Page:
The Hague, 22 January 2019: The Government of the Kingdom of the Netherlands is a key strategic partner for the International Commission on Missing Persons (ICMP), supporting ICMP’s Headquarters in The Hague and supporting its core functions and country programs around the world, ICMP Director-General Kathryne Bomberger said today.
Ms Bomberger was speaking after a meeting in The Hague with Foreign Minister Stef Blok. She highlighted the fact that “the Netherlands was one of the key players behind the signing – with the United Kingdom, Belgium, Luxembourg and Sweden – of the ICMP Agreement in December 2014,” and noted that the Agreement, which establishes ICMP as the only international organization in the world that exclusively addresses the issue of missing and disappeared persons, “reflects the emerging international consensus about the nature and scale of the global missing persons issue and the urgent need to tackle this issue in a coherent and effective way.”
The Dutch Ministry of Foreign Affairs (MFA) facilitated ICMP’s move to Headquarters in The Hague in 2015 and also ICMP’s laboratory transition to The Hague, which was completed at the end of 2017. Since this relocation, ICMP has developed its existing partnership with the Netherlands Forensic Institute, and forged ties with Rotterdam University and Leiden University, including through HumanityX , an initiative that serves as the innovation engine of The Hague Humanity Hub. ICMP has been able to develop the operational capacity of its laboratory and begin applying next generation DNA technologies that will advance the science of human identification, which is critical to providing irrefutable evidence of a person’s identity.
From 2015 to 2018, the MFA and the City of The Hague granted ICMP more than 2.5 Million EUR, enabling it to implement, through its Headquarters, core programs that are essential to carry out its global work. The Dutch authorities indicated at the end of last year that they will provide funding of 1.5 million EUR over three years beginning in 2019 so that ICMP can maintain core Headquarters capacities that are needed in order to carry out its work.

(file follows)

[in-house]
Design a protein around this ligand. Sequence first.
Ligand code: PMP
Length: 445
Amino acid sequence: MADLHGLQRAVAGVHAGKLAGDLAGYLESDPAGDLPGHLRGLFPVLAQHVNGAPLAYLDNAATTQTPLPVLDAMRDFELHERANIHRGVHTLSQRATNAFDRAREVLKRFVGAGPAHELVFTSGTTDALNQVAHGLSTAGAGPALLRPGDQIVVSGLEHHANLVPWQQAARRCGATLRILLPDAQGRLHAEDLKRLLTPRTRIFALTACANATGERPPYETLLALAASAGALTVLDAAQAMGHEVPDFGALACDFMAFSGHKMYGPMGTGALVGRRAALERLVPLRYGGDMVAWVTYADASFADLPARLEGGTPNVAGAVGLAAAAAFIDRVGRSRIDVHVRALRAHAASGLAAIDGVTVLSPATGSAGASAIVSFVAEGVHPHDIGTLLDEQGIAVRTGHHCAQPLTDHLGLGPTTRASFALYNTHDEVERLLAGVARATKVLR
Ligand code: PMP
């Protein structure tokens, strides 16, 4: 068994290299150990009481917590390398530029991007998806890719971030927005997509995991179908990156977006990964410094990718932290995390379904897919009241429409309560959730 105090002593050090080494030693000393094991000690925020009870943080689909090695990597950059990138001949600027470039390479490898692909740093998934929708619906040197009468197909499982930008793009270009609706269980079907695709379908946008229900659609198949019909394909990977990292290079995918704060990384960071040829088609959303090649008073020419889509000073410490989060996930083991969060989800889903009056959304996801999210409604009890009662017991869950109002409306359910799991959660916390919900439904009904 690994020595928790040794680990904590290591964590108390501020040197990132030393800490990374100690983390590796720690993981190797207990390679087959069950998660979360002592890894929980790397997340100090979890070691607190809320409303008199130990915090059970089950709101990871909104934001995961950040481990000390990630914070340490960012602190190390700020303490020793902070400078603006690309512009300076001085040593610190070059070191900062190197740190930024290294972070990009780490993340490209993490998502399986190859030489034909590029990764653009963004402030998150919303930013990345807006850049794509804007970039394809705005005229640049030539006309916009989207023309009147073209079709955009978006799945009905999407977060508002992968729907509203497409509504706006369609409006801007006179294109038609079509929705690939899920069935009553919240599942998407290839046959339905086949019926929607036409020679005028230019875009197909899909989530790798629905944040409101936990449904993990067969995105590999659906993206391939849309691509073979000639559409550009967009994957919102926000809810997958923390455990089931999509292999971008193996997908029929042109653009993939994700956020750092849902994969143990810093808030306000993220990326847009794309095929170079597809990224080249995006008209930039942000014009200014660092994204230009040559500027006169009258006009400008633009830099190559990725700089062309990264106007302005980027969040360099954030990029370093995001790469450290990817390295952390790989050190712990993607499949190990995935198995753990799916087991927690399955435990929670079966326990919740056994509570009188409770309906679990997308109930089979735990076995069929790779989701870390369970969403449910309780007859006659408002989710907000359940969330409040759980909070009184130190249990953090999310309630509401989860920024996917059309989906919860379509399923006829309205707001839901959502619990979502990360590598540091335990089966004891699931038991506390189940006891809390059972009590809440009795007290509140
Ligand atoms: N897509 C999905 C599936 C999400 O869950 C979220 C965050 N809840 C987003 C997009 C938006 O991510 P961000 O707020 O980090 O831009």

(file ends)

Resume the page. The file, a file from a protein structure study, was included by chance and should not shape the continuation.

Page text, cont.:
Dutch support has helped ICMP, among other things, to set in place systems in Iraq that will assist in identifying those missing from ISIS crimes, launch a new program to gather information about missing persons from Syrians who have sought refuge in countries neighboring Syria, support legislative and institutional processes in Colombia that will ensure that the missing persons framework established under the 2016 peace agreement can operate successfully, test DNA samples from victims of enforced disappearance from the 1964-85 military dictatorship in Brazil, improve the capacity and coordination of countries in the Mediterranean, including Italy, Greece, Malta and Cyprus, to account for missing migrants, and strengthen stakeholder networks among civil society, government officials, and international organizations engaged in the missing persons issue.
The Netherlands was one of ICMP’s the earliest supporters after it was established in 1996, and has been a major and long-standing donor to ICMP’s Western Balkans Program. It has also supported ICMP’s development in response to the global challenge of missing persons. The issue affects countries throughout the world and has multiple causes. ICMP’s mandate is to secure the cooperation of governments and others in locating missing persons from conflict, human rights abuses, disasters, organized crime, irregular migration and other causes and to assist them in doing so. It is the only international organization tasked exclusively to work on the issue of missing persons.
For further information please contact Dima.Babilli@icmp.int